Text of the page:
20 Weird Movies of the 21st Century You Might Not Have Seen

7. Southland Tales (Richard Kelly, 2006) / France | Germany | USA

Probably the most (in)famous entry on the list, Richard Kelly’s severely underrated sophomore feature doesn’t take itself too seriously and yet, it is deadly serious in its delicious preposterousness.

Based on the screenplay that gives the impression of being written by the heavily stoned author, “Southland Tales” is a beautiful, unadulterated mess; a post-orgasmic dream of an aspiring lunatic; a smorgasbord of disparate ideas, bizarre cameos, techno babble, Lynchian homages, edgy social satire, pop-cultural references and mockery of biblical proportions.

Revolving around an action movie star with amnesia and strong political ties (Dwayne Johnson and his ridiculously white teeth), his ambitious porn star girlfriend turned reality show hostess (Sarah Michelle Gellar) and a policeman (Seann William Scott in his best role) who “holds a key to a vast conspiracy” involving Neo-Marxists and mad Nobel Prize winner, this utterly weird high brow trash extravaganza has one of the craziest ensemble casts ever put together.

An iconoclastic gospel according to an Iraq war veteran, Pilot Abilene (Justin Timberlake, sporting a cool facial scar), it is a decadent, demented, delusional masterpiece of chaos we embrace as order.

“Southland Tales” is the ultimate pre-apocalyptic movie to watch when…
… they tell you it’s white and you see black pierced with pink holes.
… Michael Bay persists in ruining your favorite childhood memories.
… yet another superhero comic is about to be adapted for the silver screen.
… you live in a country run by fascists and their idiotic, morally and ethically rancid suck-up servants.
… you decide to commit suicide and give up in the last moment, because “pimps don’t commit suicide”.


8. The Silence Before Bach (Pere Portabella, 2007) / Spain

Pere Portabella’s subtly surreal last fiction feature is literally what the title says. However, the Catalonian director shows that both silence and Bach’s music have many beautiful faces, some of the present and some of the past. Whether he films a blind piano tuner at work, a tourist boat on Danube or a woman taking a shower, he does it tastefully, with wit, utter precision and keen sense of beauty.

His blend of faux documentary and an arthouse concert movie of sorts is split into several loosely connected chapters which depict the episodes from the composer’s life, talented truck drivers on a mission and cellists performing on the metro train, inter alia. Johann Sebastian Bach is portrayed by the German conductor, pianist, organist and harpsichordist Christian Brembeck whose skills are, in a word, impressive.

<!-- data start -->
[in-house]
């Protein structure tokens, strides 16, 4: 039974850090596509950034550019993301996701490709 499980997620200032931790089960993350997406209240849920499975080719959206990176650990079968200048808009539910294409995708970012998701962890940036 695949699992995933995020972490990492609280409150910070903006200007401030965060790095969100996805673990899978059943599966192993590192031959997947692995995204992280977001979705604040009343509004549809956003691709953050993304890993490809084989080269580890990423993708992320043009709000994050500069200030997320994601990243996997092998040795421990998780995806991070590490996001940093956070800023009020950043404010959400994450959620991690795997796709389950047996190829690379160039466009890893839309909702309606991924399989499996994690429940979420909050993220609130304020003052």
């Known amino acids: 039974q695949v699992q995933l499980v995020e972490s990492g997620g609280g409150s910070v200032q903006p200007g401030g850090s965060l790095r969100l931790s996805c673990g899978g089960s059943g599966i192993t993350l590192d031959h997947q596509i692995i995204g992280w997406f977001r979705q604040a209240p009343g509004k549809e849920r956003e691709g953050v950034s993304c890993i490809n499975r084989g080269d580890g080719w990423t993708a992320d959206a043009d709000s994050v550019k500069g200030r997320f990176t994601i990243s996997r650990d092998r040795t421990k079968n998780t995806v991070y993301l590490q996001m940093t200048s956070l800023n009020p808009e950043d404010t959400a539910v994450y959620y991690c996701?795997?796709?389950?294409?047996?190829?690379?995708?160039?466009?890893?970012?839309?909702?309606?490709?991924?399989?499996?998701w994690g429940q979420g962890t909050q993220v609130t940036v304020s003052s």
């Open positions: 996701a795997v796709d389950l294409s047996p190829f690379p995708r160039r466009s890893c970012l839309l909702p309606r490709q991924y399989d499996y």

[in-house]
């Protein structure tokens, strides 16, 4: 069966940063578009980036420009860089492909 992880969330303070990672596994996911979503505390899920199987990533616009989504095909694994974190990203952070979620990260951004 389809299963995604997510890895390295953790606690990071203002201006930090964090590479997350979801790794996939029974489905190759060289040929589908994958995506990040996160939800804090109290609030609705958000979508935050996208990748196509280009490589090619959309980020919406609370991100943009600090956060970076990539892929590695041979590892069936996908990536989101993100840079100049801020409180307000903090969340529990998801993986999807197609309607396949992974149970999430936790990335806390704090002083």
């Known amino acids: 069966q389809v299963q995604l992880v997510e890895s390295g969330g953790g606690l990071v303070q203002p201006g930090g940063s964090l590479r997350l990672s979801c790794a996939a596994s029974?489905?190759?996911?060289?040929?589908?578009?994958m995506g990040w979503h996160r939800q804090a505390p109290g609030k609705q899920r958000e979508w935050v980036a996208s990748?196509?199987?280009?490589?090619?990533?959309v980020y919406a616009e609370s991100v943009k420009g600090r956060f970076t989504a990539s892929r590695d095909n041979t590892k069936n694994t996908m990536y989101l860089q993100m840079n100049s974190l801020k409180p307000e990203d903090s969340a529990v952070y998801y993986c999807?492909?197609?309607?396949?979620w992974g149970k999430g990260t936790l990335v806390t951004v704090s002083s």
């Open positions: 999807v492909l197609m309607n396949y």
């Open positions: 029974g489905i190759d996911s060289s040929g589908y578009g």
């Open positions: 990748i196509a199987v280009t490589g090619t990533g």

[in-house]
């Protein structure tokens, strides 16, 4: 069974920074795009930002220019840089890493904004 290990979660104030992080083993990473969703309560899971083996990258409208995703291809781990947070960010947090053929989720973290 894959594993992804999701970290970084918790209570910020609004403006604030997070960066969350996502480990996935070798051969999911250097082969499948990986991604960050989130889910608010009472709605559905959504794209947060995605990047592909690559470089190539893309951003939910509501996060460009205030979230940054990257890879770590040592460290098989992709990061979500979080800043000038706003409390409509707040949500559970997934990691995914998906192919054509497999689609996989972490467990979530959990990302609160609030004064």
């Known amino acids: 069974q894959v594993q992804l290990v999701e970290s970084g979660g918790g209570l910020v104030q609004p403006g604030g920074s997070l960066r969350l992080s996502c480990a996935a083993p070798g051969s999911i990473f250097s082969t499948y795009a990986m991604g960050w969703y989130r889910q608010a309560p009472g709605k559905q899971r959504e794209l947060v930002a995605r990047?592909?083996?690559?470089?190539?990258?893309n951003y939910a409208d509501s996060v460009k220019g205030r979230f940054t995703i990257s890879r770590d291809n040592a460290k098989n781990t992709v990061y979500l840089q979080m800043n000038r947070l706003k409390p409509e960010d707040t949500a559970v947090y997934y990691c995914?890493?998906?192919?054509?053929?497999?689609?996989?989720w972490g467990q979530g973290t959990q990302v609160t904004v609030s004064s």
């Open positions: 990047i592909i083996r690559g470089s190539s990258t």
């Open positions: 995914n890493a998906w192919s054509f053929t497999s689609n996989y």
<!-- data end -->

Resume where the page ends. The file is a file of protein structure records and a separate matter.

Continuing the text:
Firstly, we hear “Aria With Diverse Variations” of “Goldberg Variations (BWV 988)” played on a pianola roaming through an empty (museum?) space and lastly, our ears are treated to the sublime “Fecit Potentiam” from “Magnificat (BWV 243)”. In between, Portabella constantly keeps you guessing, so you never know what will come up next – a harmonica virtuoso in a lorry decorated by the religious imagery or Mendelssohn’s servant who tries to save the manuscript for “St. Matthew Passion” from the butcher.


9. Genius Party Beyond (2008) / Japan

A year after the first party, Studio 4°C organizes yet another one, with “beyond” as a warning sign that reads: “Caution! Unconstrained creators ahead! You’re entering at your own risk!” Guided by whim and fancy, five anime-makers dare to cross the borders set by their predecessors and not a single of their “brainchildren” is weak.

The omnibus opens with “Gala” by Masahiro Maeda – a key animator for some Ghibli works and Tarantino’s “Kill Bill Vol. 1” and a director of mind-blowing TV series “Gankutusō: The Count of Monte Cristo”. Despite its sugary taste and simple aesthetics, his enchanting Fantasia-like vignette pulls you in a forest world inhabited by creatures who are probably inspired by Japanese myths and it doesn’t let go before a giant, egg-shaped object is soothed by music.

The sophistication of “Gala” is replaced by the “crudeness” of “Moondrive” signed by Kazuto Nakazawa whose resume contains a long list of various anime, a gothic short “Comedy (Kigeki)” being one of his most refined efforts. Sporting sketchy designs, aggressive textures, dirty humor and twisted characters, this segment could be described as the youngling of “Dead Leaves” and “Kemonozume” baptized by Takashi Miike and Chan-wook Park.

Next comes “Tojin Kit” by the first time director Tatsuyaki Tanaka who decides to slow down a bit, delivering a claustrophobic cyberpunk/steampunk noir set in a futuristic dystopia. The story of a gal who raises alien creatures and smuggles them in stuffed toys is presented with unique semi-realistic artwork of grayish, brownish and olive green tones, with some unexpected “light fantasy” intrusions.

For “Wanwa the Puppy”, the key animator Shinya Ohira applies the child-like doodles style, turning a family idyll of a maternity hospital room into a bizarre dream/nightmare reminiscent of Picasso paintings gone insane. When it ends, you’re not quite sure what you’ve just witnessed.

Lastly, the veteran Kōji Morimoto merges fantasy, science fiction and mystery in his “Dimension Bomb” which is impossible to deactivate. However, its explosion is not devastating, but inspiring – the scenes of abstract, hallucinogenic quality are woven together into a magic circle. A feast for eyes and brain.


10. A Town Called Panic (Stéphane Aubier & Vincent Patar, 2009) / Belgium | Luxembourg | France